Gran Canaria, a terrace to taste life

Gran Canaria is an open year-round terrace from north to south and from coast to summit overlooking the great variety of landscapes and natural environments on the island.

Just close your eyes for a moment and concentrate. This will intensify your feeling of relaxation and enhance the flavours. You will also be able to hear more clearly the faint sound of the waves kissing the sand of Las Canteras Beach. As you open your eyes again, you see the people getting in and out of the water while a group of seagulls sit on the peaceful surface of the blue Atlantic Ocean. Everything simply fits together perfectly in this moment of calm. You raise your glass again, as the sun rays of sunset pass through the glass and seem to multiply so that you can enjoy life one more day in any of the thousands of terraces located all around Gran Canaria, where there will always be a table reserved for you.


Gran Canaria is an open year-round terrace from north to south and from coast to summit overlooking the great variety of landscapes and natural environments on the island. In addition, such an environmental diversity results in a varied cuisine across the island, which can be best appreciated in the places where it is made, that is, at the quayside or near the paths along which transhumant sheep also pass in search of pasture.

In fact, going from terrace to terrace is one of the most attractive ways of discovering or rediscovering the geography and ways of life of the different regions of this island territory. Our tour follows a spiral path of sensations which starts, for example, in the capital city, Las Palmas de Gran Canaria, on the privileged balcony overlooking the sea at Las Canteras, where you will find a wide variety of options that perfectly sum up the cosmopolitan nature of this city, which always welcomes visitors with a smile.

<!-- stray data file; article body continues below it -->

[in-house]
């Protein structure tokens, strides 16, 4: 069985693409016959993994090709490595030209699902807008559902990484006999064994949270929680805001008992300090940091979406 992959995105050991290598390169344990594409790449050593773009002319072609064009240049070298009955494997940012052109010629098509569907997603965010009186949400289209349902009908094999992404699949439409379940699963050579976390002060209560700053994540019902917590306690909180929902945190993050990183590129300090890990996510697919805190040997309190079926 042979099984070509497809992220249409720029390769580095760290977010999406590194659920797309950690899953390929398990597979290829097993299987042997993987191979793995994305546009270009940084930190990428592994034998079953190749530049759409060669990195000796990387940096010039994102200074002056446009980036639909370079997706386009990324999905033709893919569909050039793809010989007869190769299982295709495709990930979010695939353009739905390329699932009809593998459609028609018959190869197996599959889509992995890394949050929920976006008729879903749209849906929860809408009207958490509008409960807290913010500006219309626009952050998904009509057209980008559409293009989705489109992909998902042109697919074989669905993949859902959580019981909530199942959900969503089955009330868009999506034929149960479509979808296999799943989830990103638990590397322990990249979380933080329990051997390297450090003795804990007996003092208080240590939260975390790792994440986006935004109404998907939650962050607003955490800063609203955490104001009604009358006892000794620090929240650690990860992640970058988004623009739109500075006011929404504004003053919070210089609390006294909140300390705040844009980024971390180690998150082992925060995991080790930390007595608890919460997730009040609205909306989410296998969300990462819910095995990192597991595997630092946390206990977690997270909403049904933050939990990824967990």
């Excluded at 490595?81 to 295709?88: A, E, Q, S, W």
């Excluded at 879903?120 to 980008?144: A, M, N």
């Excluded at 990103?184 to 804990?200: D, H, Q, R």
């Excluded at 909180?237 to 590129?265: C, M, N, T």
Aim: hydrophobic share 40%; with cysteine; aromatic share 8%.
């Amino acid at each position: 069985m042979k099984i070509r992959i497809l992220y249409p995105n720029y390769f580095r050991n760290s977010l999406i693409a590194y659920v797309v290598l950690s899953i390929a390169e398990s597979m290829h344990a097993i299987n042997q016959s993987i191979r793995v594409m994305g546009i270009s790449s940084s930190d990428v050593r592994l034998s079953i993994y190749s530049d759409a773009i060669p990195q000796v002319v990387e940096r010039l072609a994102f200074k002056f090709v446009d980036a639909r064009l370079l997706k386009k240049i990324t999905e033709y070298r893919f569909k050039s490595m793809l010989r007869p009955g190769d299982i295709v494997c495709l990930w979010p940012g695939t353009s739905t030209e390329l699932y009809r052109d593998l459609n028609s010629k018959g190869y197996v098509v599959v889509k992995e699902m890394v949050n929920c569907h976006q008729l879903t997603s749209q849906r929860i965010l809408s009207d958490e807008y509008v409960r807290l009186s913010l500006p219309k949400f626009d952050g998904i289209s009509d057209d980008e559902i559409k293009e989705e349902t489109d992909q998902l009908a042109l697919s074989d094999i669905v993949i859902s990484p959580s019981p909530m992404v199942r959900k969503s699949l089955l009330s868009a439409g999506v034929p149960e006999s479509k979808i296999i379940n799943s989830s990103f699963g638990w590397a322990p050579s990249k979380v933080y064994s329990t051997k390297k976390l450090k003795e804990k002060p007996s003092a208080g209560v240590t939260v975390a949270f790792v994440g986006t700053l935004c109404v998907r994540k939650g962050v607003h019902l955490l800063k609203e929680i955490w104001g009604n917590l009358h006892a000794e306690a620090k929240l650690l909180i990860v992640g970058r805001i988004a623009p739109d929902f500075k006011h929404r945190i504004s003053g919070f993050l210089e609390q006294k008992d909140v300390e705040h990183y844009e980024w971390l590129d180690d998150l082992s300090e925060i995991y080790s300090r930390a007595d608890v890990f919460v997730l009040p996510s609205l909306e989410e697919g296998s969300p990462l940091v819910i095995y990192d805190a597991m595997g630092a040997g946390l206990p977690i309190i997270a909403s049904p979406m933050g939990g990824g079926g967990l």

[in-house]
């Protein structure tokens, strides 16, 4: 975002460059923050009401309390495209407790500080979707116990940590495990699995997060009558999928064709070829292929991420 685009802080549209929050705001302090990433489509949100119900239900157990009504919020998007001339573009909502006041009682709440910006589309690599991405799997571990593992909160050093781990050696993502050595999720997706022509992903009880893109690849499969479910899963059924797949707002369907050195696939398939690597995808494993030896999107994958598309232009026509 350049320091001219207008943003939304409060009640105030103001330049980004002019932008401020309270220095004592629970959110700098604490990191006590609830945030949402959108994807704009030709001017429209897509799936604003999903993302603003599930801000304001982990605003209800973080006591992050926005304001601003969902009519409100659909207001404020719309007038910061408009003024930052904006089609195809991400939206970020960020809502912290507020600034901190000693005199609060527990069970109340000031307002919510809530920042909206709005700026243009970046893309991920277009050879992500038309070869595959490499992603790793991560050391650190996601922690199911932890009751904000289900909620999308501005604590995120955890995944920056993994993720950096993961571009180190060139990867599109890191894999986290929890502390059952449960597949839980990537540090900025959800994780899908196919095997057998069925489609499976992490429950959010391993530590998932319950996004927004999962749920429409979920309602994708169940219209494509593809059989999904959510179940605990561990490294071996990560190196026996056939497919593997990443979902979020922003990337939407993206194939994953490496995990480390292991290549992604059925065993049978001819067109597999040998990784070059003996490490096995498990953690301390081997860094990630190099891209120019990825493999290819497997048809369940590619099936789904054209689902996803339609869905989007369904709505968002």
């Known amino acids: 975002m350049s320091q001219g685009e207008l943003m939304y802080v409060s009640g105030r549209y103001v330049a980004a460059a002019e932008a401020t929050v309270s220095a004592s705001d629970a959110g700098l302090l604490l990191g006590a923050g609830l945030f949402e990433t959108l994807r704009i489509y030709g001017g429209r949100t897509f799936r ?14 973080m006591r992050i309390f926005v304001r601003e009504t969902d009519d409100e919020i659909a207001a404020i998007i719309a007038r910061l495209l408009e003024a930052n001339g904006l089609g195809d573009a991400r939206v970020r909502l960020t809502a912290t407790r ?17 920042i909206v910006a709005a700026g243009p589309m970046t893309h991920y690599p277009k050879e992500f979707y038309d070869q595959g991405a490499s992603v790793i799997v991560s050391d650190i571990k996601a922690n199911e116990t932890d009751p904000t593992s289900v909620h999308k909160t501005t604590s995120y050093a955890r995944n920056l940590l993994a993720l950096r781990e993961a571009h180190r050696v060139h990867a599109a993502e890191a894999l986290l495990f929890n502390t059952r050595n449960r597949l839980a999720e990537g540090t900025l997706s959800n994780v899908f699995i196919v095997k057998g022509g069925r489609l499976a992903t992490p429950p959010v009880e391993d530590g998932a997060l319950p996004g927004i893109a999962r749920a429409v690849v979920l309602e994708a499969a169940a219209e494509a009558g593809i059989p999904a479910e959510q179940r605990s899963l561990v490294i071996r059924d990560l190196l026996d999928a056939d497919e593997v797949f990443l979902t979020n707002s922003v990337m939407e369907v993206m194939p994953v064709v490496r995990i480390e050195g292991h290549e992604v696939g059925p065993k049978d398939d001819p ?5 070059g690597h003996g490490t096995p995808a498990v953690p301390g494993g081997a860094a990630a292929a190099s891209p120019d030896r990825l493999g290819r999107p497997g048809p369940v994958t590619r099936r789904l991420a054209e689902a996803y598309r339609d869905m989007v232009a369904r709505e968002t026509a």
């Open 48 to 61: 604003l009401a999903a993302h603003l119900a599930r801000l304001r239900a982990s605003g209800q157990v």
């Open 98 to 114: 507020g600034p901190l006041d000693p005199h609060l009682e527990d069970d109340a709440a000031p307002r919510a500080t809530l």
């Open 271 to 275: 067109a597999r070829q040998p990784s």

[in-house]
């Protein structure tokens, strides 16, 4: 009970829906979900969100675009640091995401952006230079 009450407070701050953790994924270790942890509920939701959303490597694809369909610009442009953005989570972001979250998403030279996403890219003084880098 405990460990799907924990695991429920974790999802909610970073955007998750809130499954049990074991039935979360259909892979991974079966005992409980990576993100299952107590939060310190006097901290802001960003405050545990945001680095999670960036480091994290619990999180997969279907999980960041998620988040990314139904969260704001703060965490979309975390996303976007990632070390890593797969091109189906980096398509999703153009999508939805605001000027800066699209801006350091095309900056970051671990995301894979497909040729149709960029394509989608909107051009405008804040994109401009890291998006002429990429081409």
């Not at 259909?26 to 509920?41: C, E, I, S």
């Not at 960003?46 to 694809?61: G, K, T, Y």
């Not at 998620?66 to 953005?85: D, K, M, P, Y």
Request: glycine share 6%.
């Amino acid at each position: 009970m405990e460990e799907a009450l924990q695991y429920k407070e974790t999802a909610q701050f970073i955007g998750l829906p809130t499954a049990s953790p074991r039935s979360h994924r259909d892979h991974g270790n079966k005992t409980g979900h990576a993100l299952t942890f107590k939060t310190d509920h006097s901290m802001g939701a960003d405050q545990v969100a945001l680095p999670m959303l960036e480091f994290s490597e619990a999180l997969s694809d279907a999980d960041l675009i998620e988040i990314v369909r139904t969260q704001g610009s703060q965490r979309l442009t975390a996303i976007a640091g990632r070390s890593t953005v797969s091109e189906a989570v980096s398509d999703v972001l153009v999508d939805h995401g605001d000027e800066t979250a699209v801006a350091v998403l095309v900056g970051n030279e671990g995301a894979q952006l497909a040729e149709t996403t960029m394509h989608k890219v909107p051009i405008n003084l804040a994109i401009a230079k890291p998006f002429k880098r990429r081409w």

Las Canteras

Delicate marine, Nordic and Japanese aromas come from an unexpected and harmonious iron structure, the Mercado del Puerto - the Port Market, built in 1891 by French technicians from the same company that built the Eiffel Tower-, resulting in a symphony of flavour mixed with notes of the local cuisine. And there is also the Muelle Deportivo, the marina, whose premises offer safe berthing for all those who sail through this journey of flavour. Like stranded mermaids singing their song by the sea, the colourful houses in the fishing quarter of San Cristóbal are also home to the seafaring spirit and in their terraces, good times dock perpetually.

"Papas Arrugadas con Mojo"

Can you hear it? It is the swell of history. More precisely, it is the whisper of the more than five centuries that have passed through the cobbled streets of Vegueta, the old town district of the capital city of Las Palmas. These arteries through which time flows branch out from the Plaza de Santa Ana, offering a wide range of spaces where one can sit: right next to the walls of the Cathedral, at the market, in the shade of a tree or next to stately homes. The stones in this place speak the language of silence. Close by, the Triana shopping area is the perfect place to enjoy an ice cream, a cup of coffee, a Spanish tapa or a glass of local wine outdoors to round off a day of shopping.

Now, it is Neptune who waits at tables on the terraces overlooking the beaches of La Garita or Melenara, where he stands looking strong and proud in the statue erected in his honour. In fact, one might think that he himself designed the menus of the restaurants in these two charming corners of the South East coast.